October 10, 2023 Homeowner
“Extreme winter weather is the third-largest cause of insured catastrophe losses after hurricanes and tornadoes. Losses from snow, ice, freezing, and related causes averaged $1.2 billion annually over the past 20 years.” – Insurance Institute for Business and Home Safety
Winterizing your home — start now
Fall is in the air! Temperatures are cooling down (finally!). and it’s time to start preparing your property for the problems that can arise with freezing temperatures, ice accumulation and snowfall.
According to the Insurance Institute for Business and Home Safety, “Extreme winter weather is the third-largest cause of insured catastrophe losses after hurricanes and tornadoes. Losses from snow, ice, freezing, and related causes averaged $1.2 billion annually over the past 20 years.”
Preparing your home for winter weather is an essential step toward protecting your property from damage and reducing your utility costs. While much of the work can be considered do-it-yourself, there are inspections or jobs that property owners should consider outsourcing to reputable companies. Here is a list of winterizing steps you should take, along with some recommendations on when to involve a professional.
Winterizing your home — roof
A thorough inspection of your attic, skylights and roof can identify any damage that occurred during the warm weather months that may cause issues when ice and snow start to form. A roof in good condition should be able to withstand 20 lbs. of snow/ice per square foot. If your roof is damaged and is not fixed, you put your property at risk of a roof collapse, which is not only costly, but can be very dangerous for the inhabitants of your home.
Roof inspections can be dangerous, so many homeowners will need to hire a professional to do this job. If you choose to do it yourself, wear well-fastened shoes with non-skid soles, and make sure another person is close-by in case you suffer a slip or fall.
Winterizing your home — pipes
Frozen pipes can lead to pipes bursting, causing thousands of dollars in damage to your home. Some pipes are at a higher risk for freezing during winter months, such as those on the exterior of your home, located in exterior walls, or exposed pipes in unheated areas of the home.
To help avoid the freezing of outdoor pipes, disconnect any water hoses from outside, drain them, and store for the winter season. Then close the interior shut-off valve for that faucet, open and drain the pipes and install a faucet insulator, which can be purchased at most home improvement stores. Pipes that are in your attic, crawlspace or garage should be insulated with foam insulation or by wrapping them with heat tape. Wrapping pipes nearest the exterior walls can also help avoid freezing.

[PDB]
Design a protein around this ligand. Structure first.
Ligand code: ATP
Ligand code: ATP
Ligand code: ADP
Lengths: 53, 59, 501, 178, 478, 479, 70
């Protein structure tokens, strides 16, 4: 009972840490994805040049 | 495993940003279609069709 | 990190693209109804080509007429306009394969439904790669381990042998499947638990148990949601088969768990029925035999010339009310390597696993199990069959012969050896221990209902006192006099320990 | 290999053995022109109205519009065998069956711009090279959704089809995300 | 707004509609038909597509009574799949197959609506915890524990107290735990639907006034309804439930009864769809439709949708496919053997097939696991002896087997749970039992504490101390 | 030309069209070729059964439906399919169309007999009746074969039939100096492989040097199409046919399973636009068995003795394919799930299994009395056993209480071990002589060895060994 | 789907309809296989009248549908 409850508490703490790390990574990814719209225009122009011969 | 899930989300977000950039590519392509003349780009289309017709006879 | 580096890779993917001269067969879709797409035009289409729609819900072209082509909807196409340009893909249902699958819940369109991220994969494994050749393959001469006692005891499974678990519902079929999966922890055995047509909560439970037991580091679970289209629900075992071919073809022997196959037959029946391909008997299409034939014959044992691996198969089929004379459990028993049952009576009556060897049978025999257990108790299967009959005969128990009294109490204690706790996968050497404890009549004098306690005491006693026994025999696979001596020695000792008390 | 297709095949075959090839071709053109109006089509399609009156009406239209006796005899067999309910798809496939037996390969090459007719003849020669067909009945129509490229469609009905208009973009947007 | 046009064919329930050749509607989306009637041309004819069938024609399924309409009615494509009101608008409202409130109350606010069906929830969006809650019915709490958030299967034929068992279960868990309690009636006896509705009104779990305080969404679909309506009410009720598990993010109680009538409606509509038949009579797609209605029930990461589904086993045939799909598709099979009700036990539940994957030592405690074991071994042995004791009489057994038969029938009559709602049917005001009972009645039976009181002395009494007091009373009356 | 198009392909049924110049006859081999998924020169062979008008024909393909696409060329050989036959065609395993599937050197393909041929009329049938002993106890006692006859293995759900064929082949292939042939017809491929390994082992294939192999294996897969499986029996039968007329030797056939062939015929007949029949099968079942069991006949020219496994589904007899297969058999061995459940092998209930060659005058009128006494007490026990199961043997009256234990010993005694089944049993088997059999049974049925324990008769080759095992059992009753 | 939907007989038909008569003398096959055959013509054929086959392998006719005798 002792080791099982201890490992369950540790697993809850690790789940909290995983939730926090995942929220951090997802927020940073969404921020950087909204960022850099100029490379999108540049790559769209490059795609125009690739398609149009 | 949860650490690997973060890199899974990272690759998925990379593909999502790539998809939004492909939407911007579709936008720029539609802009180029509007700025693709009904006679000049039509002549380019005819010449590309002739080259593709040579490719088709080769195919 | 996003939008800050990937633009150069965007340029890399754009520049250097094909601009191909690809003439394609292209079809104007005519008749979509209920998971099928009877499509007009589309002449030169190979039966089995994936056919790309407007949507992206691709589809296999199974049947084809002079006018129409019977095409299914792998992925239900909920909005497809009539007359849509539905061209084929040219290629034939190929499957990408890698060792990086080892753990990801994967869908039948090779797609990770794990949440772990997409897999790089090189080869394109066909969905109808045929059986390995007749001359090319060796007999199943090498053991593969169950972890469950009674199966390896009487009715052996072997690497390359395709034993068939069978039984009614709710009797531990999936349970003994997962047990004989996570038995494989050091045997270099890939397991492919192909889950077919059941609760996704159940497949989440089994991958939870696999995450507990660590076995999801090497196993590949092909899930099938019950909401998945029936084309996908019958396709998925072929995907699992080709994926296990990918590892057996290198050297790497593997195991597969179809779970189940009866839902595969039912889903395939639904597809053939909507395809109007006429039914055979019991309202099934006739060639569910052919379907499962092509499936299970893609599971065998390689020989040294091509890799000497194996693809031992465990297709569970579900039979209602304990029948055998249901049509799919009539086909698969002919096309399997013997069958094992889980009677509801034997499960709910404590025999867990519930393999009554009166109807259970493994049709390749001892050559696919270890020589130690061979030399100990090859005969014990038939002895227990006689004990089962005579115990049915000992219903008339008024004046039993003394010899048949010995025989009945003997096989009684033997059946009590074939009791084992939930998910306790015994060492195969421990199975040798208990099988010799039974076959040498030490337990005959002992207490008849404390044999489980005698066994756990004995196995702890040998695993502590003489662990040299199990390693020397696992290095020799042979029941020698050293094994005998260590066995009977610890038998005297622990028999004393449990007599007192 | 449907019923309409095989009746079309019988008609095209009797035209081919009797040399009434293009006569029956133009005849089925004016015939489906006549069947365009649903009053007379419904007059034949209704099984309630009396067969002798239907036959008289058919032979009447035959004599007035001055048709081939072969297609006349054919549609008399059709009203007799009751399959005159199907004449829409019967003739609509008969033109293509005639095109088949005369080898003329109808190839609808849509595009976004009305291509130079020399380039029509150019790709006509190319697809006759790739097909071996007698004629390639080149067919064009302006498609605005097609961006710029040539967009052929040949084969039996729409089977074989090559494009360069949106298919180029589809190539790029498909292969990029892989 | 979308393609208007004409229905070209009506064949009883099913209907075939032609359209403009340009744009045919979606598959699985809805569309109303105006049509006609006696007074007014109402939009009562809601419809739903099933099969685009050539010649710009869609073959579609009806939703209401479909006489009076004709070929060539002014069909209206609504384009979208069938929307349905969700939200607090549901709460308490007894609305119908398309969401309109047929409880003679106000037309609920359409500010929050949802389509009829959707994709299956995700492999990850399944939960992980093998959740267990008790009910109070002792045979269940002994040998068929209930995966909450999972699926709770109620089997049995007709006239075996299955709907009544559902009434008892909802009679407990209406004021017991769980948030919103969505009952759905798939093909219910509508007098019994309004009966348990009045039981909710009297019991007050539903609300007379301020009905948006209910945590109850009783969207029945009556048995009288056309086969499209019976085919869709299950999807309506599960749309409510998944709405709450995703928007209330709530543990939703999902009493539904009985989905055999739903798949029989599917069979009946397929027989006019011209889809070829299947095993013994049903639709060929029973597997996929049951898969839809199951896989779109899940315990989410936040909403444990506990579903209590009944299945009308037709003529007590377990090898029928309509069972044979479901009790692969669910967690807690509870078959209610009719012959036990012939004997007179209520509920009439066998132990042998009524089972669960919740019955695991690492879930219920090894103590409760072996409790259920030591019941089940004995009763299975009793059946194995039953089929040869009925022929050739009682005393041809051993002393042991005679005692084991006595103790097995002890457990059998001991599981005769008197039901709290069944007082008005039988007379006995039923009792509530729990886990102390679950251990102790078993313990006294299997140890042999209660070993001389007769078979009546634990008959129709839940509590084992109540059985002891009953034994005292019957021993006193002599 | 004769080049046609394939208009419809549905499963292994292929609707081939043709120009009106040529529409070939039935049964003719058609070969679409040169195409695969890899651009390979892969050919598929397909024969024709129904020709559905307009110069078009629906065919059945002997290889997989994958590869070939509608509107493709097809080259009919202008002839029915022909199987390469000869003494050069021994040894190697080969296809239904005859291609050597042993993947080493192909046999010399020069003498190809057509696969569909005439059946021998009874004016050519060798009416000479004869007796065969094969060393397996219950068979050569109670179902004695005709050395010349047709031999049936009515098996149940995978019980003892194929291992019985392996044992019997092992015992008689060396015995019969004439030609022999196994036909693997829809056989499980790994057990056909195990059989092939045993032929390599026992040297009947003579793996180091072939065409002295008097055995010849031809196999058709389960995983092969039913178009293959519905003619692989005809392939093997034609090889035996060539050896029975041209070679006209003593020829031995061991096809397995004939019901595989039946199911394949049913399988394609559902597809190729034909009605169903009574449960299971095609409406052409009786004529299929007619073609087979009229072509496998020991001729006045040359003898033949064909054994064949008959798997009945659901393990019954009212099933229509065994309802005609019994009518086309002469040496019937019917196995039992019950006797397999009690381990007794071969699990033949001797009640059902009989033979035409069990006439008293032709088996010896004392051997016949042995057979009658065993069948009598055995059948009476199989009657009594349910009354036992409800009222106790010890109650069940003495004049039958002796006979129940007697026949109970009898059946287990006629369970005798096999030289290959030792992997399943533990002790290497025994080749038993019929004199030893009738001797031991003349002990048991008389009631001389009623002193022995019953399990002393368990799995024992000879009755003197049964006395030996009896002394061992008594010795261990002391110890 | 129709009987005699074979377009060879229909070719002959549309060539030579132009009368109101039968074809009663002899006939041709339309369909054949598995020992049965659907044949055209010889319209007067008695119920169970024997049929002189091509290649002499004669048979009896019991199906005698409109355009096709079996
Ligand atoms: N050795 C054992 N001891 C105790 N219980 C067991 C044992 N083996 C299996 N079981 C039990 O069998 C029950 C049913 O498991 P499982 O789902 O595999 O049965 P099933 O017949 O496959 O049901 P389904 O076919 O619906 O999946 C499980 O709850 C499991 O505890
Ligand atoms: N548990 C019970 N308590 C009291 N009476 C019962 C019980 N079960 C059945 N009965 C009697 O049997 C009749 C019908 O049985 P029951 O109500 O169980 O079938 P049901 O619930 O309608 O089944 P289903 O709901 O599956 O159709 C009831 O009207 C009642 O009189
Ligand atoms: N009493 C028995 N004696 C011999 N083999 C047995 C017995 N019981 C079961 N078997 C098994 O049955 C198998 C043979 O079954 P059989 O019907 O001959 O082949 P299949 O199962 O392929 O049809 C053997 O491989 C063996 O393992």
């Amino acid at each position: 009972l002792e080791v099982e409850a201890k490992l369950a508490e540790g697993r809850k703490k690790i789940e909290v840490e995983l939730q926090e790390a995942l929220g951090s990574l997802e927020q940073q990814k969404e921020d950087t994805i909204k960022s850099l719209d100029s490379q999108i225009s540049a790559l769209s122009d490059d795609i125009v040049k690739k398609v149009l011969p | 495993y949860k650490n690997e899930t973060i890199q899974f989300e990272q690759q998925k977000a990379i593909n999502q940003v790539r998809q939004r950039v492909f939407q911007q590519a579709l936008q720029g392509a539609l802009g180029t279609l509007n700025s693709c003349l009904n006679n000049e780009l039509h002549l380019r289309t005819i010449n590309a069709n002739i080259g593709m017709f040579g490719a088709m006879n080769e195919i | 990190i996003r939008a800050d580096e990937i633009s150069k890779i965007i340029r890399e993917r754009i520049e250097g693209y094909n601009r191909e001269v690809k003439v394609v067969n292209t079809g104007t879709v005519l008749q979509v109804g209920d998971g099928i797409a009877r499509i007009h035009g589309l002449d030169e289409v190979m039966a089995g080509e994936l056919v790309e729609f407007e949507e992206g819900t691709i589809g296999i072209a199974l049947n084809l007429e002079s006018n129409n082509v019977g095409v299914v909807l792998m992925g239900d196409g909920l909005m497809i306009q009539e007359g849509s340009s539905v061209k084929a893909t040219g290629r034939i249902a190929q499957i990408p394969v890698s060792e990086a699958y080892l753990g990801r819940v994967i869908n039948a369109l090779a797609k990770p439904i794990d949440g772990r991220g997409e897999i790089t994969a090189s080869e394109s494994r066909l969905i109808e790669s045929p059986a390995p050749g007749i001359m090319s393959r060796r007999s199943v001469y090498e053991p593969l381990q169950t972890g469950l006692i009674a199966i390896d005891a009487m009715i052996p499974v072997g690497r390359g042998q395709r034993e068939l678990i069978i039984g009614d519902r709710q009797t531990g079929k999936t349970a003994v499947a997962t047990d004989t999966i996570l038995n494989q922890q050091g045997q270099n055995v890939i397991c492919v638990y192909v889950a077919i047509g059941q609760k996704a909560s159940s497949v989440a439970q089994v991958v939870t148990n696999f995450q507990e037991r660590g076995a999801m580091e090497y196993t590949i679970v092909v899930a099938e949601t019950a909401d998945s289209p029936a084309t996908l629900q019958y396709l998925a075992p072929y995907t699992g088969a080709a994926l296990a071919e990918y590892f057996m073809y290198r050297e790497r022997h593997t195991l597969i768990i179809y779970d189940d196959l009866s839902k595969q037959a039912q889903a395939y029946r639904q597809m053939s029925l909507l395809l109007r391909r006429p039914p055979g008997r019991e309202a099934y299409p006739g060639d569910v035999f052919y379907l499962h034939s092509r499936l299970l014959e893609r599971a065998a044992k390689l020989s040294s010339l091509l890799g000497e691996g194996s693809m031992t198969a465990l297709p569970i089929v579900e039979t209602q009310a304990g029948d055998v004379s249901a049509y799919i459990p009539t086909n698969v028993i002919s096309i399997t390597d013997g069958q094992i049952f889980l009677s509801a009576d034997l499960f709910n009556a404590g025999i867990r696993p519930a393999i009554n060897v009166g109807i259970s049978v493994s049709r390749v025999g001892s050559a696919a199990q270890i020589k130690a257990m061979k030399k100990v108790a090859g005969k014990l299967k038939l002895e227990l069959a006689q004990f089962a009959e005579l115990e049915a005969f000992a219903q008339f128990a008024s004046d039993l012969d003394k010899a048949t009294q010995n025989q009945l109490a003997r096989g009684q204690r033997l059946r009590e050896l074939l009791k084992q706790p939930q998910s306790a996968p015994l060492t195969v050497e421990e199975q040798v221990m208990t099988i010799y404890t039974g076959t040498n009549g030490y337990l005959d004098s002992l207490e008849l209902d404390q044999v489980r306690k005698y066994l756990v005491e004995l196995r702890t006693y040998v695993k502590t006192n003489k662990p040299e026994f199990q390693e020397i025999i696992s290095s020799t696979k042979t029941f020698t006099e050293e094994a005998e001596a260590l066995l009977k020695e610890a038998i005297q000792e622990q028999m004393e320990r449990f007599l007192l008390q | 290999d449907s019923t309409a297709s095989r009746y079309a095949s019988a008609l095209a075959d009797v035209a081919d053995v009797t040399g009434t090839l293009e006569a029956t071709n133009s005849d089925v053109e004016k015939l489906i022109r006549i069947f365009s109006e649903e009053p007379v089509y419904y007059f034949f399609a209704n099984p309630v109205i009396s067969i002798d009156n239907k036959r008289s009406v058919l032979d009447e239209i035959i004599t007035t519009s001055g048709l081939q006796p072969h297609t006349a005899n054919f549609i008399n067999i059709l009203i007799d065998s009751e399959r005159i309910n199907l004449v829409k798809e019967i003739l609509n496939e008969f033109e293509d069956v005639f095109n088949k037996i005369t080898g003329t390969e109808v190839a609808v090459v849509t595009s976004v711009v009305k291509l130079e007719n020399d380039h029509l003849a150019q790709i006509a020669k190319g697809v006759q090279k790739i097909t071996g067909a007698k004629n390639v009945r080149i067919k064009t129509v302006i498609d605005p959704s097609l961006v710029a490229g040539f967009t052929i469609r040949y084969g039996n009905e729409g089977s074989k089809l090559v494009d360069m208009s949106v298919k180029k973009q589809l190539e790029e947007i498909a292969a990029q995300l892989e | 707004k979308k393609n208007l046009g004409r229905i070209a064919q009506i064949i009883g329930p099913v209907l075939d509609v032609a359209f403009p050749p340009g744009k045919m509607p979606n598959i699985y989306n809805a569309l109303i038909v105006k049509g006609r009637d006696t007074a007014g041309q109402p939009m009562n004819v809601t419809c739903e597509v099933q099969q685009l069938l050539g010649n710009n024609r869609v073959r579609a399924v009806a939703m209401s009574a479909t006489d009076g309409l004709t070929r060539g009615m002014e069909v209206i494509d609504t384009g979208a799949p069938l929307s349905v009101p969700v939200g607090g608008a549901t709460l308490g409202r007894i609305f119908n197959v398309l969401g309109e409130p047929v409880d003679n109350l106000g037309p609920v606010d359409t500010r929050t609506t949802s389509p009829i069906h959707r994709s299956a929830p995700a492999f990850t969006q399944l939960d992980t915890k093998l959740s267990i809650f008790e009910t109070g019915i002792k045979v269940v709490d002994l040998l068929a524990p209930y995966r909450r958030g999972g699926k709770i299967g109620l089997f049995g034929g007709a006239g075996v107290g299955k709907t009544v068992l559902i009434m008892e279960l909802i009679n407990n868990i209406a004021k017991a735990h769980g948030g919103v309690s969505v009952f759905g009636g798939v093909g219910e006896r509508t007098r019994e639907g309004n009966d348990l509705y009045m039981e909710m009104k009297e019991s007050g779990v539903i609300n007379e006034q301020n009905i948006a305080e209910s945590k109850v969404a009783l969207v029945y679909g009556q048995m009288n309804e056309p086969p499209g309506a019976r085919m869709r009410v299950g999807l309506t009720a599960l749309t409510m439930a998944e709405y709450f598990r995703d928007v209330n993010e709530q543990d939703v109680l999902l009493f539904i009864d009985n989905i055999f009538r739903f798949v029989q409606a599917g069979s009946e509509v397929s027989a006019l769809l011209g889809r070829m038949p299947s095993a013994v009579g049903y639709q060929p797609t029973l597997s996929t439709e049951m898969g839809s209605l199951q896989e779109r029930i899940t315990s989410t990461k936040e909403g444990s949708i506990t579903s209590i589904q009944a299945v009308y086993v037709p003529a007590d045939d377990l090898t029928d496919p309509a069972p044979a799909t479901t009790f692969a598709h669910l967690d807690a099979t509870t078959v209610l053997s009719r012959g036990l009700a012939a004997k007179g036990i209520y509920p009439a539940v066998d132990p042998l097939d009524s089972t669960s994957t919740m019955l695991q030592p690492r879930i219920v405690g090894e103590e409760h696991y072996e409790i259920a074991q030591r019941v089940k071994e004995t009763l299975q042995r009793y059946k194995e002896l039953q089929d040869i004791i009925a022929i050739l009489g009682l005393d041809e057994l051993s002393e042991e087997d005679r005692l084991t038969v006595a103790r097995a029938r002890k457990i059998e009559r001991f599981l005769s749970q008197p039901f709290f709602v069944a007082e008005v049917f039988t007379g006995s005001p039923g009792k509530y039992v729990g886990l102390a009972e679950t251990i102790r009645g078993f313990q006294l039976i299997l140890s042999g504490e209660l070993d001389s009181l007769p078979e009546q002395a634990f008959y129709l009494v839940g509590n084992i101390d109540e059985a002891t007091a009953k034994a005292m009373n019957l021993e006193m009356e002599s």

Winterizing your home — heating systems
Before you need your heating system, test it to make sure it is in working condition. Make sure all heating vents are unobstructed to allow for maximum air flow. Hire an HVAC professional to clean heating ducts (once every year or two) and to inspect your heating system or furnace once yearly.
Signs that you should have an inspection performed sooner include unusual noises (“screeches” or “whines”) that may indicate worn or damaged belts, poor performance and erratic behavior. If your furnace filters are dirty, your unit will need to work harder to heat your home, using more energy. Furnace filters should be changed once monthly during the winter months.
Winterizing your home — gas heaters
Properly maintaining your gas heater is both a cost efficiency and safety issue. If your gas heater is not properly maintained it can cause dangerous poison to enter the air of your home and, at the very least, it may be costing you more money than it should.
A professional should check your gas heater once a year, but there are some maintenance things you can, and should, address on your own. First, shut off the heater. Then check the air-shutter openings and exhaust vents for dirt and dust, then vacuum the air passages to the burner. It’s also important to clean the burner of lint and dirt. Make sure to check the owner’s manual for any other needed maintenance.
Winterizing your home — smoke and carbon monoxide detectors
At least once a year, replace the batteries in every smoke and carbon monoxide detector in your home. Monthly, test the detectors by pressing the test button. Smoke detectors should be completely replaced every 10 years. Carbon monoxide detectors should be replaced every five to seven years. Smoke detectors should be installed in every bedroom, outside each sleeping area and on every level of the home, including the basement. Carbon monoxide detectors should be installed on every level of the home, including the basement.